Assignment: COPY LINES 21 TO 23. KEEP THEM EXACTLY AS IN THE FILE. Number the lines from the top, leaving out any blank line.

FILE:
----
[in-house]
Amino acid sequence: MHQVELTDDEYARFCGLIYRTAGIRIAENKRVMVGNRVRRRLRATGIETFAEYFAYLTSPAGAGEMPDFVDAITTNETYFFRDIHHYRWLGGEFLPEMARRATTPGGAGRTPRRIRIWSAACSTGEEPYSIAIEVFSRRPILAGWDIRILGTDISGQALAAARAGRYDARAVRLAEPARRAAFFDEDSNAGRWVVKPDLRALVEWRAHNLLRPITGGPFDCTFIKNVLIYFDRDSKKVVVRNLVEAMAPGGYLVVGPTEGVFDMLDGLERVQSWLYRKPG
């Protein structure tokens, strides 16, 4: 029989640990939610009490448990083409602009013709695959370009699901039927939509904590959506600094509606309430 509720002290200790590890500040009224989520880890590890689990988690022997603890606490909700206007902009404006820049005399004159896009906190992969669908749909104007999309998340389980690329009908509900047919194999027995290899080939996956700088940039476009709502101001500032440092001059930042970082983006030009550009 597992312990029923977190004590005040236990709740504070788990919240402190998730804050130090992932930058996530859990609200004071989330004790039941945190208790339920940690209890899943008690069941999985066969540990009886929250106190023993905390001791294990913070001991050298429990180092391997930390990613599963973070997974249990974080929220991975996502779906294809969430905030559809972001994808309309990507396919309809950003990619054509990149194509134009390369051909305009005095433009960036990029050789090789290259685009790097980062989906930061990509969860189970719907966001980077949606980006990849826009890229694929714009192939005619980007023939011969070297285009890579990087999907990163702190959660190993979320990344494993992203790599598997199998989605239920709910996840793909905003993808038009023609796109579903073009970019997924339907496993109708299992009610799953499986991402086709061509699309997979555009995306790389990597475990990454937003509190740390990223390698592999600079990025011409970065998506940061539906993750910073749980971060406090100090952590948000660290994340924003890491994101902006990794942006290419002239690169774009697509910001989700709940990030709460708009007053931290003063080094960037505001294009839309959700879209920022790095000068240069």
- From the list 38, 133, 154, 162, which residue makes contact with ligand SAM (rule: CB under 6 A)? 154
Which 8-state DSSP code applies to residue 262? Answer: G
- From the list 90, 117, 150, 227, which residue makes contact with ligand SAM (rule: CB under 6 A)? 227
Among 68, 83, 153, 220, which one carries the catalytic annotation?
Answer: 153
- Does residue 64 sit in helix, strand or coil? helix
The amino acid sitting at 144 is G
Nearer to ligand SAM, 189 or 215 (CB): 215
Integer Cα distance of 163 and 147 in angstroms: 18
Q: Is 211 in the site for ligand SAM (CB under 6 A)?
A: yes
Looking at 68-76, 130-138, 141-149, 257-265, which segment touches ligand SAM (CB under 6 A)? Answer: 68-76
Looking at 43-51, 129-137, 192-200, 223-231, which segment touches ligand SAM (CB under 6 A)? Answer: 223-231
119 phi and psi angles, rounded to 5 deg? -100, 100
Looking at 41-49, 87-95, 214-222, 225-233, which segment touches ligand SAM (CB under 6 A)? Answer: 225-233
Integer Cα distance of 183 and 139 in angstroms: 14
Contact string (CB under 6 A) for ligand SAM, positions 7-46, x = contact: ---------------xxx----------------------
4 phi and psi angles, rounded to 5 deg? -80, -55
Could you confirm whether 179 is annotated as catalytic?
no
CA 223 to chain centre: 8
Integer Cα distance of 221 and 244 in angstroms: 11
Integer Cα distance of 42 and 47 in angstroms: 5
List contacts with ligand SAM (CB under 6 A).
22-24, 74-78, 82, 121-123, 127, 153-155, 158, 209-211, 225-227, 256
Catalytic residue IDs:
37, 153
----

4 phi and psi angles, rounded to 5 deg? -80, -55
Could you confirm whether 179 is annotated as catalytic?
no